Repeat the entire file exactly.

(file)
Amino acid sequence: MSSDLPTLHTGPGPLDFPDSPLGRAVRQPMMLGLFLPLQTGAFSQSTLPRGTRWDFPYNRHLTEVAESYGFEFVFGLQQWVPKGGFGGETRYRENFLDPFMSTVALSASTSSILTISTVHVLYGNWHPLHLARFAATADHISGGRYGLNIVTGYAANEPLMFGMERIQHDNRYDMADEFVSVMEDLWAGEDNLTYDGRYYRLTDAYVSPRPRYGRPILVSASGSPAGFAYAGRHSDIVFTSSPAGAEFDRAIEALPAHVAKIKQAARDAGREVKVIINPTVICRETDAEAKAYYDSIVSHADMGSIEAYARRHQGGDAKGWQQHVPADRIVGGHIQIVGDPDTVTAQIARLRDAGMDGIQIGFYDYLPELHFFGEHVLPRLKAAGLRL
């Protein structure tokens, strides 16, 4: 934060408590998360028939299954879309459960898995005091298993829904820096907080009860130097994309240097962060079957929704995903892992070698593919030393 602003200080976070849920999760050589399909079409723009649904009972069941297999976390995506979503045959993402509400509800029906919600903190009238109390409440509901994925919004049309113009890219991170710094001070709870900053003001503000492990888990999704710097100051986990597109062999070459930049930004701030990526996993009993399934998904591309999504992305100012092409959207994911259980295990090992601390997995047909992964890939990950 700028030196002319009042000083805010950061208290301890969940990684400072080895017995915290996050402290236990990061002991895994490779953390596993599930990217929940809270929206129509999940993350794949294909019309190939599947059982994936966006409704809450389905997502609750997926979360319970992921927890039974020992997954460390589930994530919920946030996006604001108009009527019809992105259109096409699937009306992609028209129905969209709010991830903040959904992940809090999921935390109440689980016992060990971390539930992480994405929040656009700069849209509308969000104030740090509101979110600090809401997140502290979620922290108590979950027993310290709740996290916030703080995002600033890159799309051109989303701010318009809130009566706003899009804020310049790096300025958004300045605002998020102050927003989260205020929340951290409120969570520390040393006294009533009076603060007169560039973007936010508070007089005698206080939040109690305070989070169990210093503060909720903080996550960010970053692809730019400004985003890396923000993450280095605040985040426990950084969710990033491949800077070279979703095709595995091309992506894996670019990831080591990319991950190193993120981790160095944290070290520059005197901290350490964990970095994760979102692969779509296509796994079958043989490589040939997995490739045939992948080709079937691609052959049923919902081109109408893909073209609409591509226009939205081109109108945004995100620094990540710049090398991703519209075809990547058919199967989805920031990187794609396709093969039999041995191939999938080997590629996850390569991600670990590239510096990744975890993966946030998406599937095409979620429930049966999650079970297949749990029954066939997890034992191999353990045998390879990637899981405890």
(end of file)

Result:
Amino acid sequence: MSSDLPTLHTGPGPLDFPDSPLGRAVRQPMMLGLFLPLQTGAFSQSTLPRGTRWDFPYNRHLTEVAESYGFEFVFGLQQWVPKGGFGGETRYRENFLDPFMSTVALSASTSSILTISTVHVLYGNWHPLHLARFAATADHISGGRYGLNIVTGYAANEPLMFGMERIQHDNRYDMADEFVSVMEDLWAGEDNLTYDGRYYRLTDAYVSPRPRYGRPILVSASGSPAGFAYAGRHSDIVFTSSPAGAEFDRAIEALPAHVAKIKQAARDAGREVKVIINPTVICRETDAEAKAYYDSIVSHADMGSIEAYARRHQGGDAKGWQQHVPADRIVGGHIQIVGDPDTVTAQIARLRDAGMDGIQIGFYDYLPELHFFGEHVLPRLKAAGLRL
């Protein structure tokens, strides 16, 4: 934060408590998360028939299954879309459960898995005091298993829904820096907080009860130097994309240097962060079957929704995903892992070698593919030393 602003200080976070849920999760050589399909079409723009649904009972069941297999976390995506979503045959993402509400509800029906919600903190009238109390409440509901994925919004049309113009890219991170710094001070709870900053003001503000492990888990999704710097100051986990597109062999070459930049930004701030990526996993009993399934998904591309999504992305100012092409959207994911259980295990090992601390997995047909992964890939990950 700028030196002319009042000083805010950061208290301890969940990684400072080895017995915290996050402290236990990061002991895994490779953390596993599930990217929940809270929206129509999940993350794949294909019309190939599947059982994936966006409704809450389905997502609750997926979360319970992921927890039974020992997954460390589930994530919920946030996006604001108009009527019809992105259109096409699937009306992609028209129905969209709010991830903040959904992940809090999921935390109440689980016992060990971390539930992480994405929040656009700069849209509308969000104030740090509101979110600090809401997140502290979620922290108590979950027993310290709740996290916030703080995002600033890159799309051109989303701010318009809130009566706003899009804020310049790096300025958004300045605002998020102050927003989260205020929340951290409120969570520390040393006294009533009076603060007169560039973007936010508070007089005698206080939040109690305070989070169990210093503060909720903080996550960010970053692809730019400004985003890396923000993450280095605040985040426990950084969710990033491949800077070279979703095709595995091309992506894996670019990831080591990319991950190193993120981790160095944290070290520059005197901290350490964990970095994760979102692969779509296509796994079958043989490589040939997995490739045939992948080709079937691609052959049923919902081109109408893909073209609409591509226009939205081109109108945004995100620094990540710049090398991703519209075809990547058919199967989805920031990187794609396709093969039999041995191939999938080997590629996850390569991600670990590239510096990744975890993966946030998406599937095409979620429930049966999650079970297949749990029954066939997890034992191999353990045998390879990637899981405890």